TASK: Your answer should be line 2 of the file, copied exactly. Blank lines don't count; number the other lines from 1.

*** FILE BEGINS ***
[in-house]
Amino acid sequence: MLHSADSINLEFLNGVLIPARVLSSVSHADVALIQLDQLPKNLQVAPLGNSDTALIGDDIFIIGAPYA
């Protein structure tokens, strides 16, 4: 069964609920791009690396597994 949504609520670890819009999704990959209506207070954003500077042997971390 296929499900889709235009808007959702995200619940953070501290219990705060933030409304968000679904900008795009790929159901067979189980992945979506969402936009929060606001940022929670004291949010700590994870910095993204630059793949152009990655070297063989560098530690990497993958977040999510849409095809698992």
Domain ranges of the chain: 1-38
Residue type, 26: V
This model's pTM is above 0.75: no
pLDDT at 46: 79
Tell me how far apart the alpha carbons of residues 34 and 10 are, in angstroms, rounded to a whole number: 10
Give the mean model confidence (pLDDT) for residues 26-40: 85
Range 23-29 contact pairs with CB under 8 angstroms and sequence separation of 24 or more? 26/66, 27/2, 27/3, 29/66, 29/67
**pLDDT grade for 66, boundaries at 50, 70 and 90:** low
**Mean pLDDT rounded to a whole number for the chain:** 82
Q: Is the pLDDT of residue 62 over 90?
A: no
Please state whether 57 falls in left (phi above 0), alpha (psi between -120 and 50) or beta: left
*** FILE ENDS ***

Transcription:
Amino acid sequence: MLHSADSINLEFLNGVLIPARVLSSVSHADVALIQLDQLPKNLQVAPLGNSDTALIGDDIFIIGAPYA